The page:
“The unprecedented size of the civil penalty in this settlement sends a strong deterrent message to others in this industry that such egregious violations of the nation's Clean Water Act will not be tolerated,” said Robert G. Dreher, Acting Assistant Attorney General for the Justice Department’s Environment and Natural Resources Division. “Today’s agreement is good news for communities across Appalachia, who have too often been vulnerable to polluters who disregard the law. It holds Alpha accountable and will bring increased compliance and transparency among Alpha and its many subsidiaries.”

Statement from Alpha Natural Resources, Inc.
“This consent decree provides a framework for our efforts to become fully compliant with our environmental permits, specifically under the Clean Water Act,” said Alpha Senior Vice President of Environmental Affairs Gene Kitts. “Our combined total water quality compliance rate for 2013 was 99.8 percent. That’s a strong record of compliance, particularly considering it’s based on more than 665,000 chances to miss a daily or monthly average limit. But our goal is to do even better, and the consent decree provides an opportunity to proactively focus on improving on the less than 1 percent of the time that permit limits were exceeded.”

To that end, Kitts noted that many of the consent decree measures were put in place ahead of reaching the agreement. For example, the company has already expanded its audit program and the enhanced environmental database was launched across the organization in January 2013.

The consent decree covers the years 2006 to 2013. Since 2006, Alpha has twice doubled in size by merging with or acquiring other public mining companies, and its affiliates have amassed more than 700 state water discharge permits covering 5,000 discharge points.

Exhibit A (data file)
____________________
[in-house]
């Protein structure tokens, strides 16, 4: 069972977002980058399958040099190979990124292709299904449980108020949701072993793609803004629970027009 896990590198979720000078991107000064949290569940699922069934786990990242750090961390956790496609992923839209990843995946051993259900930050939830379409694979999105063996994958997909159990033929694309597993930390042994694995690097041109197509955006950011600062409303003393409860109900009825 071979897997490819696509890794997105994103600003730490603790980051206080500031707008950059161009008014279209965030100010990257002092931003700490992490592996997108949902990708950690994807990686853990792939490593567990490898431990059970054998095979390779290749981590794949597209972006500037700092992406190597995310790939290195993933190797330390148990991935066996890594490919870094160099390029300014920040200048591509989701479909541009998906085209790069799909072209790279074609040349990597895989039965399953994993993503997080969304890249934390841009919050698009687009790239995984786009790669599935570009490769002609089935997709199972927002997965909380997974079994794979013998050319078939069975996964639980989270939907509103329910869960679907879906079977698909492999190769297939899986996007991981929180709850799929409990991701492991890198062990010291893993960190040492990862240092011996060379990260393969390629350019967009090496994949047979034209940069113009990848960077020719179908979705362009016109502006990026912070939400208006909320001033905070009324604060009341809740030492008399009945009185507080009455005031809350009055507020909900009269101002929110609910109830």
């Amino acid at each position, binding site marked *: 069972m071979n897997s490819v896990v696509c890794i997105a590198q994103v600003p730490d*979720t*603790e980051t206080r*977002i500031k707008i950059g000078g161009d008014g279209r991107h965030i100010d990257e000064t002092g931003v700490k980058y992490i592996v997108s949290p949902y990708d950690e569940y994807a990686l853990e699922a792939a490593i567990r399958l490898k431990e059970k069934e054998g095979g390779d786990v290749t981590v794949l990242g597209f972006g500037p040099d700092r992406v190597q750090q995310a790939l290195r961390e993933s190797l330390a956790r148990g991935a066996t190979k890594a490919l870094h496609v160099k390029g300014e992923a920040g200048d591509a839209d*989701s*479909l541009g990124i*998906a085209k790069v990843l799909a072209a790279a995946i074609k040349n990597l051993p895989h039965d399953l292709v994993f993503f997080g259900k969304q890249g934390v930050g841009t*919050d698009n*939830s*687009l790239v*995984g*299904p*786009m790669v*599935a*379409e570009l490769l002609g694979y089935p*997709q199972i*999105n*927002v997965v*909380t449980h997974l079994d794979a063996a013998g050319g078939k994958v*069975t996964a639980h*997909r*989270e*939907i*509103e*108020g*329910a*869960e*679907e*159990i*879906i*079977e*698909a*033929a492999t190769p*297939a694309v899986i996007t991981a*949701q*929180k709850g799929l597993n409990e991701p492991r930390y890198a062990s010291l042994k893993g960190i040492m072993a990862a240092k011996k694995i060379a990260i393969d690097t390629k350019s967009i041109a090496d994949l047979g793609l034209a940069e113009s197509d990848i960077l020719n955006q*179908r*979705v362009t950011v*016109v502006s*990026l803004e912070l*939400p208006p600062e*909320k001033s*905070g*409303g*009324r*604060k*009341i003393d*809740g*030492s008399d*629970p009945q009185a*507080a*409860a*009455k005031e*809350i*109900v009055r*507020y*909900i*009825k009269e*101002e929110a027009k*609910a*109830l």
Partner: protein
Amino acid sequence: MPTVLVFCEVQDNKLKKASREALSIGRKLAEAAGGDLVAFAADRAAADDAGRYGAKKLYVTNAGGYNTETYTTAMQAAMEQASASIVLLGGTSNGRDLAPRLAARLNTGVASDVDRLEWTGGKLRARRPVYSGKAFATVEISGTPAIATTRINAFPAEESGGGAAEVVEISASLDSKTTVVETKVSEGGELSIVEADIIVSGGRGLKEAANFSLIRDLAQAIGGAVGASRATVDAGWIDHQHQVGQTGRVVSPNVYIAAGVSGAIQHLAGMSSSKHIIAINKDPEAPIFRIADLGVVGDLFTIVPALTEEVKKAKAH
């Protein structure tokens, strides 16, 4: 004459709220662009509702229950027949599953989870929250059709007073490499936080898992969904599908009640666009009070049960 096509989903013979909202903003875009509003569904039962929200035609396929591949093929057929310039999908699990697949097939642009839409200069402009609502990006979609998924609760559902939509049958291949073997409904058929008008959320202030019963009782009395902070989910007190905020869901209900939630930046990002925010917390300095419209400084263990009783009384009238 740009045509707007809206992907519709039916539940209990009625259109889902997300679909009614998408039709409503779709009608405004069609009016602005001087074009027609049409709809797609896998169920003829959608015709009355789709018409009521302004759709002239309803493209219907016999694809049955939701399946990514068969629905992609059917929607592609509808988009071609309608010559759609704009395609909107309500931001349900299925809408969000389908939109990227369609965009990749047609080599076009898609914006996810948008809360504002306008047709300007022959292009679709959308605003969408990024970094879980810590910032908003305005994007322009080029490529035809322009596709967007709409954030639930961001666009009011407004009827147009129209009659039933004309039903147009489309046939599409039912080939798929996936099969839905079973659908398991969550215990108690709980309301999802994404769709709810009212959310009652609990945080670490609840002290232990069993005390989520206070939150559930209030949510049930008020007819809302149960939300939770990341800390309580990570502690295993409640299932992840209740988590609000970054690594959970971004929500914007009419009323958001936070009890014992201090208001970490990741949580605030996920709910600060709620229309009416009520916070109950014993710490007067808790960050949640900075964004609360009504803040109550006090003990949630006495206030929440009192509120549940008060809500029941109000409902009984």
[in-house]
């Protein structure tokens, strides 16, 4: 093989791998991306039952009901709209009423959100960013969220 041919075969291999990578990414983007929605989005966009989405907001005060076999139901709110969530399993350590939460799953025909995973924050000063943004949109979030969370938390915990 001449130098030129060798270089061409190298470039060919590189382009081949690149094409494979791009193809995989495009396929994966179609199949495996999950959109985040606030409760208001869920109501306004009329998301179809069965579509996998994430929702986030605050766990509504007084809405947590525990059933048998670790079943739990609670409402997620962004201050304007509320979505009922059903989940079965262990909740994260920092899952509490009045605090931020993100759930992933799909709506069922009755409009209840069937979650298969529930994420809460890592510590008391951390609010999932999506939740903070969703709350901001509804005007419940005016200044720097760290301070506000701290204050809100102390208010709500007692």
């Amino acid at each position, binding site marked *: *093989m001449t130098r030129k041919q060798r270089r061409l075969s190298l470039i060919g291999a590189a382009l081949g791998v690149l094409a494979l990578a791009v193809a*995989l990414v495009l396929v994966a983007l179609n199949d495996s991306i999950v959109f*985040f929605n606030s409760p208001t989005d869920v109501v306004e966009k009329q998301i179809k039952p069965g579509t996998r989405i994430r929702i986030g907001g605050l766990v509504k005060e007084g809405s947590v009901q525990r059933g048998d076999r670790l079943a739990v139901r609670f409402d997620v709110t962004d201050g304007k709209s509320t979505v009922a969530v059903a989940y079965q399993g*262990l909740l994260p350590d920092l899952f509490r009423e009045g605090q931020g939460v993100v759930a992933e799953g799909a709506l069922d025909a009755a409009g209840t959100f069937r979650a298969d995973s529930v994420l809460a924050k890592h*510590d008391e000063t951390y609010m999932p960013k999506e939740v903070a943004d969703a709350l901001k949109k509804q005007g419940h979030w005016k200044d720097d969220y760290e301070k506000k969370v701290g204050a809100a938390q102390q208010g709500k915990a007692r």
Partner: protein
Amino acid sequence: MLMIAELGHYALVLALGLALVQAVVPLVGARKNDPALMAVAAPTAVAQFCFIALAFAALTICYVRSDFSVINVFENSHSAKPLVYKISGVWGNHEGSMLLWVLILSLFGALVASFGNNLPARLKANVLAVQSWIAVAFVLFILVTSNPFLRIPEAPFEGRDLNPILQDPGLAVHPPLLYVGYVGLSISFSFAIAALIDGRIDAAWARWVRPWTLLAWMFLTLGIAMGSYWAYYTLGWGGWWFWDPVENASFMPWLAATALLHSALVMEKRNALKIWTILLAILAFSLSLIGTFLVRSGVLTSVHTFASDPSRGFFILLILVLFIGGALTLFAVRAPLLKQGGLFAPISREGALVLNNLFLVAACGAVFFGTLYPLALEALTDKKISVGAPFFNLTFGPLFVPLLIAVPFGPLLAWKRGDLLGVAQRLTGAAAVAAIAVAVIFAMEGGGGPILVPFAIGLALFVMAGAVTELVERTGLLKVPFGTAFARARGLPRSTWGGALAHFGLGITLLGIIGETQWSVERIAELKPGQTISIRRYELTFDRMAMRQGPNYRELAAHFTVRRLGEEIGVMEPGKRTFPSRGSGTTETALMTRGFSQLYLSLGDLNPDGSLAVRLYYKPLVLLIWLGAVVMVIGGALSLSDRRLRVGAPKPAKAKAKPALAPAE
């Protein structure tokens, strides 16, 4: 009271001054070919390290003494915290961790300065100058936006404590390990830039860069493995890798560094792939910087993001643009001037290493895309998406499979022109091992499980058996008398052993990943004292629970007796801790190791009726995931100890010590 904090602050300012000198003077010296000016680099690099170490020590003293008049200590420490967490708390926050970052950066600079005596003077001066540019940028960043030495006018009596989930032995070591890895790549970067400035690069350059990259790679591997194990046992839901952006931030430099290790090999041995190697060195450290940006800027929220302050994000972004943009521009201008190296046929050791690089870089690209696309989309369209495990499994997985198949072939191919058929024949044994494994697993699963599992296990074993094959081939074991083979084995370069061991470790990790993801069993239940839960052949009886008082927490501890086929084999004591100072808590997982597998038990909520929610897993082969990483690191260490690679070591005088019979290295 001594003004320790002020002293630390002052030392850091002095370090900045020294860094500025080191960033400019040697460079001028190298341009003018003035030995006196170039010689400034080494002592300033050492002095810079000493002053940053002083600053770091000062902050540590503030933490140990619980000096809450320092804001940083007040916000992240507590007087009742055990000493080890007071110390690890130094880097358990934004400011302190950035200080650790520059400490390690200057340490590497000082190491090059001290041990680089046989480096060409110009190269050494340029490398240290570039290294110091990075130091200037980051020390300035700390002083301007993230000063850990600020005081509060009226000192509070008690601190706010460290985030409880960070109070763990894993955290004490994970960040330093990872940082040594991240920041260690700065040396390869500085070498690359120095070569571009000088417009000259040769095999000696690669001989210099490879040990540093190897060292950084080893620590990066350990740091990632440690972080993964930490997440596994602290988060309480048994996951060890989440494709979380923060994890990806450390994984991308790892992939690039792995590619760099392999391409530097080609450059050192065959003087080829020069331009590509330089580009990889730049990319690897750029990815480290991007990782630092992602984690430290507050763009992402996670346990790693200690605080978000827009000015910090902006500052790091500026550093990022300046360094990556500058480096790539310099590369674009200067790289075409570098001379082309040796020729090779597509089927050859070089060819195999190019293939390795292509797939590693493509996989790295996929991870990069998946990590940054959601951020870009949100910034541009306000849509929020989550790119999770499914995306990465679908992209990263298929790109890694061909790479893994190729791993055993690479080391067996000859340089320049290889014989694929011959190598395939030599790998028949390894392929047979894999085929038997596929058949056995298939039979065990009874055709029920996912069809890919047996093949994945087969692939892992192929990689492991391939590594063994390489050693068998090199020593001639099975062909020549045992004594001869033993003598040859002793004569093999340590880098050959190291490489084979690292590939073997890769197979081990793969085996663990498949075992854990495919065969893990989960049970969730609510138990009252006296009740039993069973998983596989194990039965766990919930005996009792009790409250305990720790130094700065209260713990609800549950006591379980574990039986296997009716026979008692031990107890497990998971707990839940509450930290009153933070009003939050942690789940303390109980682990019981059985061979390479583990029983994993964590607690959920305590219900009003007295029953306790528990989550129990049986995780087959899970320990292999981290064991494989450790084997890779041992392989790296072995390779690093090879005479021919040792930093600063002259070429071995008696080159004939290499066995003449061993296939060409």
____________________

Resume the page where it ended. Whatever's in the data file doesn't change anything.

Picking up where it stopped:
“For an organization our size and with as varied a group of mining operations and permit conditions as we have, our people do an outstanding job in maintaining environmental compliance,” said Kitts. “This settlement will provide a consistent structure to our efforts to become even better in preventing incidents and in responding quickly to situations where permit limits are exceeded.”

Kitts noted that incidents in West Virginia and North Carolina have understandably focused attention on the importance of protecting the nation’s water.

“The public expects that regulators ensure that water quality is protected and that companies comply with their permits,” said Kitts. “That’s the way it should be. We respect and support that, and understand the concerns that these events have raised, yet there are distinct differences between those events and what we’re talking about here.”

Kitts noted, for example, that there was no release of a chemical or impact to public drinking water – as happened with the Charleston incident. Alpha’s consent decree is related primarily to naturally occurring elements – such as iron, manganese, aluminum, and selenium. Mining operations require the movement of large amounts of earth that contain these elements. Permit limits are sometimes exceeded when rainwater or groundwater transport the elements into an operation’s water discharge during mining operations. Water discharge limitations are generally set at levels that are protective of aquatic life, which most often are more stringent than levels necessary to be protective of human health.

The state agencies represented in the decree are the Kentucky Energy and Environment Cabinet, Pennsylvania Department of Environmental Protection and West Virginia Department of Environmental Protection. The decree has been filed with the U.S. District Court for the Southern District of West Virginia. It is subject to a public comment period and must be approved by the court before it becomes effective.